Record vocals everywhere: How to optimize room acoustics for vocal recording

Low noise, no audible room echo – to get high-quality vocal recordings, you have to get a lot of technical and acoustical things right. That can be difficult when tracking vocals in non-ideal environments, whether it‘s your band’s practice space or your singer’s bedroom. But luckily there are certain things you can do to maximize the sound quality of your vocal tracks, even if you’re not in a professional recording studio.

Acoustical criteria

First, let’s define the most important criteria a good recording room should meet for vocals:

No echo: This is probably the most obvious – we don’t want to hear sound literally bouncing around between walls (so-called “flutter echoes”)

Short reverberation/decay time: For maximum flexibility (when processing the tracks later) we need a very dry sound, so we want the room reverberation to be as short as possible, around 0.2s to 0.3s.

Low noise level: No hiss from fans, no hum from electric devices, no ambient/street noise from outside, no rumble from air conditioning

High diffusion: Reflections in the room should be mostly dispersed in many directions. This means that we don’t want reflective areas to be large and flat but rather small and with many different angles. A lot of objects in the room are therefore better than an empty room with blank walls.

Choosing the right room

While this might seem obvious, it’s a step that is often neglected: Now that we know what exactly we’re looking for in our recording room, we want to choose the one that best fits all the criteria above. Further things to watch out for:

  • Does the room allow mounting acoustic panels on or placing other absorption material at the walls?
  • Apart from the vocal mic, can you setup your recording rig (computer/laptop, interface, monitors etc.) comfortably in the room?
  • Does the room allow for a bit of distance between the recording rig and the mic (preferably a few meters away at the other end of the room)?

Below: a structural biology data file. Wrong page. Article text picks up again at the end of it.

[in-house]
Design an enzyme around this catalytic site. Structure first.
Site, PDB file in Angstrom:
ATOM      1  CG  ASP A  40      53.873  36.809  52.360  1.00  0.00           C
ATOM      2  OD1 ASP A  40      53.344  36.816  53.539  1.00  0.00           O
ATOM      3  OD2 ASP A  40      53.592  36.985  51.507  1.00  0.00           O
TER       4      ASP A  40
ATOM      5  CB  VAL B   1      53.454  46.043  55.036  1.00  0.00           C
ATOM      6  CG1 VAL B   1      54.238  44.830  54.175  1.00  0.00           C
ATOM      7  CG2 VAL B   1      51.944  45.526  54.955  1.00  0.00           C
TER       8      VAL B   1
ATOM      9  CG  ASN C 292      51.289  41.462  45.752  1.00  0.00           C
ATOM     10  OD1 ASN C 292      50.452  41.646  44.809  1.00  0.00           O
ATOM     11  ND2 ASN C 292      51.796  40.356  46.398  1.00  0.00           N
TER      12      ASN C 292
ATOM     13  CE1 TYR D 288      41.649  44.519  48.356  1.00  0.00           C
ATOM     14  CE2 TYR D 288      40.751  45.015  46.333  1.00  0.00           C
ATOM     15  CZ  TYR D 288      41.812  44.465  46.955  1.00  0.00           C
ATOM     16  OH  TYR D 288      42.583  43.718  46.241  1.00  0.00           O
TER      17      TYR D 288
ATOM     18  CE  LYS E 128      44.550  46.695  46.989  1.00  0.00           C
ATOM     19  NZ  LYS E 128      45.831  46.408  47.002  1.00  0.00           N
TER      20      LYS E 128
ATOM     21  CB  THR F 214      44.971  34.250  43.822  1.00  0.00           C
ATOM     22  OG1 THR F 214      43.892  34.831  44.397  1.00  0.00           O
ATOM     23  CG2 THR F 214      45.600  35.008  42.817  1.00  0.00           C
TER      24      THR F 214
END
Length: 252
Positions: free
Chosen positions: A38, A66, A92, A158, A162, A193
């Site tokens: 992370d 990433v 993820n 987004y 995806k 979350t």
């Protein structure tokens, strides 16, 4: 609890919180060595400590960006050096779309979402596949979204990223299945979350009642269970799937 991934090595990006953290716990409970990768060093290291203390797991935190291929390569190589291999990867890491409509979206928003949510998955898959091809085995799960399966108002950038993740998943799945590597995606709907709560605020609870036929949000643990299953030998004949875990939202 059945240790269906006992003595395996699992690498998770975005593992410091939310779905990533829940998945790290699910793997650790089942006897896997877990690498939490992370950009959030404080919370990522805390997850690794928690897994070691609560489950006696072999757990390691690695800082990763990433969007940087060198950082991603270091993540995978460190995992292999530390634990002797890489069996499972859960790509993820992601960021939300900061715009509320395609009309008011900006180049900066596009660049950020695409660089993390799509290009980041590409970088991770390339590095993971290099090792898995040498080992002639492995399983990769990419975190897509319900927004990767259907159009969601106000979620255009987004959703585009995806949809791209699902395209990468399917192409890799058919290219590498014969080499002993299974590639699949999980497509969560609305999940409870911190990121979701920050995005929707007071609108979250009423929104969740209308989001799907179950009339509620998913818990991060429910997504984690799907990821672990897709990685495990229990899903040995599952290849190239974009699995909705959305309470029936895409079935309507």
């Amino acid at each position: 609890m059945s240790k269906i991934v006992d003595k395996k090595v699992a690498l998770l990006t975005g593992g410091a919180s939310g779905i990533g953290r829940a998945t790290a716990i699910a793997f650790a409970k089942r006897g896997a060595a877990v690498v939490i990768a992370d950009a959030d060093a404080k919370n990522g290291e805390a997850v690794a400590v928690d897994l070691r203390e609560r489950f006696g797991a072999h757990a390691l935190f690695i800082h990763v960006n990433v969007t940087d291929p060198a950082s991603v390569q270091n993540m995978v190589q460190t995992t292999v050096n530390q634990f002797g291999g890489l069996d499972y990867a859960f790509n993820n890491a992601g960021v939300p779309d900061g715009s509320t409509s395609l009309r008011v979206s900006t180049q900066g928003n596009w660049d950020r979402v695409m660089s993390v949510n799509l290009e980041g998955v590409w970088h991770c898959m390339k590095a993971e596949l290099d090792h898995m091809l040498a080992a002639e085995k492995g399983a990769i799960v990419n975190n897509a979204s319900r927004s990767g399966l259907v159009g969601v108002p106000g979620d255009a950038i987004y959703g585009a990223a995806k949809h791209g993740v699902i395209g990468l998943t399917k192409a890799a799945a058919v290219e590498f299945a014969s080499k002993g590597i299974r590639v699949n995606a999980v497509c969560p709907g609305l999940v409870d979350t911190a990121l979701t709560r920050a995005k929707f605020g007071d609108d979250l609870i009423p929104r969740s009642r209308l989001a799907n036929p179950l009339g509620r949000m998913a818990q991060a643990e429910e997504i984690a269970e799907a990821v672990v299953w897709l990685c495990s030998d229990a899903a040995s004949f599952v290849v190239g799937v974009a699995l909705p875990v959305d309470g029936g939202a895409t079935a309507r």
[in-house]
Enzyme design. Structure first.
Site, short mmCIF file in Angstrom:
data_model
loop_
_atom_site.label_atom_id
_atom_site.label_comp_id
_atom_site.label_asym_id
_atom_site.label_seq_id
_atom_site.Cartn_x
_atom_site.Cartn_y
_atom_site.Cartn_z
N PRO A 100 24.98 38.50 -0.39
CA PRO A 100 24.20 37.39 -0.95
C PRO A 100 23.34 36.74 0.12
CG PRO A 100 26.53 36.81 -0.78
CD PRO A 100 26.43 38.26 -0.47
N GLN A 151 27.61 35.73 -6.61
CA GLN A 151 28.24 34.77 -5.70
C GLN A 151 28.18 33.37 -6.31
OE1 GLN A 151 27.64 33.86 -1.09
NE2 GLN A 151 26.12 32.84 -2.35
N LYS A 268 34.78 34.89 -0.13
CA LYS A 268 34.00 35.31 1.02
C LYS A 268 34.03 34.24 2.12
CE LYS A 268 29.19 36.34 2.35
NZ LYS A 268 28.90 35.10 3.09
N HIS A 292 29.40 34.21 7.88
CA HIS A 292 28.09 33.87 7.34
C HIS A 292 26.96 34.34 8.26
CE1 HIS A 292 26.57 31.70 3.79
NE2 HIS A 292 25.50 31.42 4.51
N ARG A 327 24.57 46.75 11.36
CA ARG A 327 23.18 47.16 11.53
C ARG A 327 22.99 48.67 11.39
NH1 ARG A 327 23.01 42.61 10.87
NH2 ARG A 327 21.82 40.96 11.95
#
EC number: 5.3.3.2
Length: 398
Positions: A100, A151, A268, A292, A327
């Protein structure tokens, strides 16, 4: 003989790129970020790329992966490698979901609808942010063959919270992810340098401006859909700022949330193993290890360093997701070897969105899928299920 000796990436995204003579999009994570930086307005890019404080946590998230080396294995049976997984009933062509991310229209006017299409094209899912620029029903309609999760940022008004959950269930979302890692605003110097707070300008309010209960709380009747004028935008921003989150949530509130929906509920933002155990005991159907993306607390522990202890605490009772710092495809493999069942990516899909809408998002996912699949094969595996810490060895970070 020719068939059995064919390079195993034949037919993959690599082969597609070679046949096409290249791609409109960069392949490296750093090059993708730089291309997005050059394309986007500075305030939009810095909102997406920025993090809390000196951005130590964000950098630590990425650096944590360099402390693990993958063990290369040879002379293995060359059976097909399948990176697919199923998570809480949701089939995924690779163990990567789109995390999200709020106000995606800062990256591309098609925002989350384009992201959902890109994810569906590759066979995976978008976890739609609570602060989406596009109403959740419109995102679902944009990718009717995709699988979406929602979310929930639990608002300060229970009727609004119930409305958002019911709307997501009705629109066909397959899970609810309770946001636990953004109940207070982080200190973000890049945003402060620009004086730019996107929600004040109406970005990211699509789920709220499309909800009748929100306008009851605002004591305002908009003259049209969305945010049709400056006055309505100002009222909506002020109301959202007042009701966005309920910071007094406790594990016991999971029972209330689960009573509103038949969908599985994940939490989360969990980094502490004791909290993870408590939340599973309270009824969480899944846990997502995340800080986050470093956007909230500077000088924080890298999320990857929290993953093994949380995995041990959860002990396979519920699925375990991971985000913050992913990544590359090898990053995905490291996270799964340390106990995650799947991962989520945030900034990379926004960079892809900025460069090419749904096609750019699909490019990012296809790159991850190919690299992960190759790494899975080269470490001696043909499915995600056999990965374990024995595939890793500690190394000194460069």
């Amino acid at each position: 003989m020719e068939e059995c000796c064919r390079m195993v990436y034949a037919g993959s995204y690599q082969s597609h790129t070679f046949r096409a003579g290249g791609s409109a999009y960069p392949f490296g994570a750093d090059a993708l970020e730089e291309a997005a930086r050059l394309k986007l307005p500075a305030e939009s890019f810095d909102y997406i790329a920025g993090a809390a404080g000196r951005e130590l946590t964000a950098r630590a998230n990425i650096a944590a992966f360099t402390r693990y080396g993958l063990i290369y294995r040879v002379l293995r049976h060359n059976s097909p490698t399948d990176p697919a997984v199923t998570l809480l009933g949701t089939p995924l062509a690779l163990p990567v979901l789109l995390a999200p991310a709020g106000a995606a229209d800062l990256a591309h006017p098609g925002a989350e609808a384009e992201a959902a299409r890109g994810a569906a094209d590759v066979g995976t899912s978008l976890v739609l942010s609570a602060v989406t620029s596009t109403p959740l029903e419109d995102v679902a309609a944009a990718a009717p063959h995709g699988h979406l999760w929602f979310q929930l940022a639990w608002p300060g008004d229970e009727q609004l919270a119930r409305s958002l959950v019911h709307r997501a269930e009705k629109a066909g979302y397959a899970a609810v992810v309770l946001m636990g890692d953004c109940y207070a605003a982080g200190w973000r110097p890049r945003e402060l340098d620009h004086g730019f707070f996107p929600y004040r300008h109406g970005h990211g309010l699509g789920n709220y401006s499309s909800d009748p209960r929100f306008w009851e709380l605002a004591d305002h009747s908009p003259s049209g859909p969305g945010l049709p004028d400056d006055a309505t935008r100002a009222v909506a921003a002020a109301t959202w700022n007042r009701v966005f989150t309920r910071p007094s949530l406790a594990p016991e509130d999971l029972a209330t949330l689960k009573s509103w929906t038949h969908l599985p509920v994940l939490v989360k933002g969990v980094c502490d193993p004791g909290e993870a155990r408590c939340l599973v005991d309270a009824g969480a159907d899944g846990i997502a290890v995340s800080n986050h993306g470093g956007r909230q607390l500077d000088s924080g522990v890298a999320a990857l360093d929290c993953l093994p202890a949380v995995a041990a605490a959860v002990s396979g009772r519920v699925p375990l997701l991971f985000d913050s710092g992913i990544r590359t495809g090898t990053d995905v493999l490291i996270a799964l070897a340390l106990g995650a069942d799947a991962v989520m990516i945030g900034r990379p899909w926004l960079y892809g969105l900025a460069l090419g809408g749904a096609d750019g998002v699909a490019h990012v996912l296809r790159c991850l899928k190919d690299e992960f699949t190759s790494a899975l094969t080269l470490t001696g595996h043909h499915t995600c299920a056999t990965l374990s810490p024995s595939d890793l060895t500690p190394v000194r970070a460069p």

• Does the singer feel good in the room? Do you feel inspired to make music or does the room/location/environment cause you to be cautious and hold back?

Improving room acoustics

Once you’ve decided which room you’re going to use for your recording sessions, you’ll want to make sure you’re getting the most out of it. To do that, you have several tools at your disposal. Let’s start with the most effective and efficient ones first and work our way through all options that are viable solutions in most scenarios.

  • Absorb flutter echoes at least at one of two opposing walls (floor/ceiling included). You don’t need to cover an entire wall for this, just make sure that there are no directly opposing reflective areas.
  • Build a provisional vocal booth in a corner of the room through sound absorption. Ideal is a corner that does not have a window directly next to it and and allows for absorption material to be placed at the adjacent walls.
  • If the room is large and still noticeably reverberant, try reducing the reverb time by placing more absorptive materials in the room, preferably spread evenly on the largest reflective areas (walls/floor).
  • Don’t use: egg cartons, thin foam (< 5cm / 2“)
  • Recommended: Basotect or other acoustic foam with a 10cm / 4“ thickness
  • Echoes between floor and ceiling can be eliminated with thick carpets (or blankets, if not available)
  • If Acoustic foam is too “permanent“ of a measure, you can still make provisional absorbers: mattress(es), blankets folded and hung on mic stand boom arms, pillows…
  • Diffusion: If you have decent absorption but you still hear a little reverb and can’t build more absorption into the room, try placing more objects like bookshelves in unused empty spaces of the room. They will scatter reflections and help to absorb them more quickly.

Working "with" the room

This part is about using the circumstances in your room to your advantage, after you’ve set up everything:

  • Point the mic in the “vocal booth” corner, while pointing the off axis of the mic (with cardioid mics this is the back) to the rest of the room – especially towards any sources of noise (computer fan etc.) Doing this will minimize the “room sound” and unwanted noise in the recording. This works because the sensitive side of the mic is “listening” to the quietest, best treated area of the room while unwanted signals hit the most insensitive side (off axis).
  • If necessary, rearrange large objects to make space where you need it, while using them to diffuse sound in places you don’t need for your setup.

Do's and Don'ts

Do: Try to tick as many boxes as possible from the tips above. If you have to make compromises, try to start with the least important points. While choosing priorities, still try to balance the measures you take across all the criteria mentioned above. Aim for a balanced sound, even if you can’t make it perfect.

Don’t: Don’t record in a closet! This will sound muffled and muddy in almost all cases. Don’t try to put all effort into one specific aspect of acoustics (e.g. a dry sounding room) while leaving other aspects untouched (e.g. a lot of noise in the room).

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Raphael Arnold

Audio Engineer | Producer

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